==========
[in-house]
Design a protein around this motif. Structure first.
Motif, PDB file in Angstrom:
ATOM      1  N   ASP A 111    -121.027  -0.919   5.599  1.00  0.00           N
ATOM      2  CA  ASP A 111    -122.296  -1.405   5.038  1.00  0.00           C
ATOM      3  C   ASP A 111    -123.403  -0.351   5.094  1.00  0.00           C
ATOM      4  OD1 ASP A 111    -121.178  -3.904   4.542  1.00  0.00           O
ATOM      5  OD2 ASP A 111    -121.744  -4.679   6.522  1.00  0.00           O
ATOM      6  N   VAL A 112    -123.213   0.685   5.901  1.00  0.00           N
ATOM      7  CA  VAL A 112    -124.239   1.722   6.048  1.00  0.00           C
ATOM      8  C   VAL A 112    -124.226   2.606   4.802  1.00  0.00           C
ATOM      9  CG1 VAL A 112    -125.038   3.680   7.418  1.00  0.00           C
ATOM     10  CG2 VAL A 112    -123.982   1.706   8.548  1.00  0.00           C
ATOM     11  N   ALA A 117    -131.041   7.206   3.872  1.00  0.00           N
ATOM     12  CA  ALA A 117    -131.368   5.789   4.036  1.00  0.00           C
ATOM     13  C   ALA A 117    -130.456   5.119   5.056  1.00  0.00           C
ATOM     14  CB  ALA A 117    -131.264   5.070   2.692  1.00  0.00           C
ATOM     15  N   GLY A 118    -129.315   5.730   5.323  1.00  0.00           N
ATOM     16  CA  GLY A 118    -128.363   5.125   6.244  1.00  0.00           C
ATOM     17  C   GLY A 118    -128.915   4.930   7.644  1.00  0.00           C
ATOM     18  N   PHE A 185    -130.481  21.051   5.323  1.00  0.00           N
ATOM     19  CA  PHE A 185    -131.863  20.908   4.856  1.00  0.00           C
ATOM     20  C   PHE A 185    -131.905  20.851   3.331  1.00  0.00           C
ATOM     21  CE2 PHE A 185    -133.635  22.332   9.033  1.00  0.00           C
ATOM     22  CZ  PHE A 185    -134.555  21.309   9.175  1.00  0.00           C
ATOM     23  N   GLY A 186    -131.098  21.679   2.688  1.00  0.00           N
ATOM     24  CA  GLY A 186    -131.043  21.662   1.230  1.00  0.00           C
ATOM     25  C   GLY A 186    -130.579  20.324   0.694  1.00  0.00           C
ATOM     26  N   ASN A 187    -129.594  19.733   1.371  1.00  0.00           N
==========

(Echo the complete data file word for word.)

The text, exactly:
[in-house]
Design a protein around this motif. Structure first.
Motif, PDB file in Angstrom:
ATOM      1  N   ASP A 111    -121.027  -0.919   5.599  1.00  0.00           N
ATOM      2  CA  ASP A 111    -122.296  -1.405   5.038  1.00  0.00           C
ATOM      3  C   ASP A 111    -123.403  -0.351   5.094  1.00  0.00           C
ATOM      4  OD1 ASP A 111    -121.178  -3.904   4.542  1.00  0.00           O
ATOM      5  OD2 ASP A 111    -121.744  -4.679   6.522  1.00  0.00           O
ATOM      6  N   VAL A 112    -123.213   0.685   5.901  1.00  0.00           N
ATOM      7  CA  VAL A 112    -124.239   1.722   6.048  1.00  0.00           C
ATOM      8  C   VAL A 112    -124.226   2.606   4.802  1.00  0.00           C
ATOM      9  CG1 VAL A 112    -125.038   3.680   7.418  1.00  0.00           C
ATOM     10  CG2 VAL A 112    -123.982   1.706   8.548  1.00  0.00           C
ATOM     11  N   ALA A 117    -131.041   7.206   3.872  1.00  0.00           N
ATOM     12  CA  ALA A 117    -131.368   5.789   4.036  1.00  0.00           C
ATOM     13  C   ALA A 117    -130.456   5.119   5.056  1.00  0.00           C
ATOM     14  CB  ALA A 117    -131.264   5.070   2.692  1.00  0.00           C
ATOM     15  N   GLY A 118    -129.315   5.730   5.323  1.00  0.00           N
ATOM     16  CA  GLY A 118    -128.363   5.125   6.244  1.00  0.00           C
ATOM     17  C   GLY A 118    -128.915   4.930   7.644  1.00  0.00           C
ATOM     18  N   PHE A 185    -130.481  21.051   5.323  1.00  0.00           N
ATOM     19  CA  PHE A 185    -131.863  20.908   4.856  1.00  0.00           C
ATOM     20  C   PHE A 185    -131.905  20.851   3.331  1.00  0.00           C
ATOM     21  CE2 PHE A 185    -133.635  22.332   9.033  1.00  0.00           C
ATOM     22  CZ  PHE A 185    -134.555  21.309   9.175  1.00  0.00           C
ATOM     23  N   GLY A 186    -131.098  21.679   2.688  1.00  0.00           N
ATOM     24  CA  GLY A 186    -131.043  21.662   1.230  1.00  0.00           C
ATOM     25  C   GLY A 186    -130.579  20.324   0.694  1.00  0.00           C
ATOM     26  N   ASN A 187    -129.594  19.733   1.371  1.00  0.00           N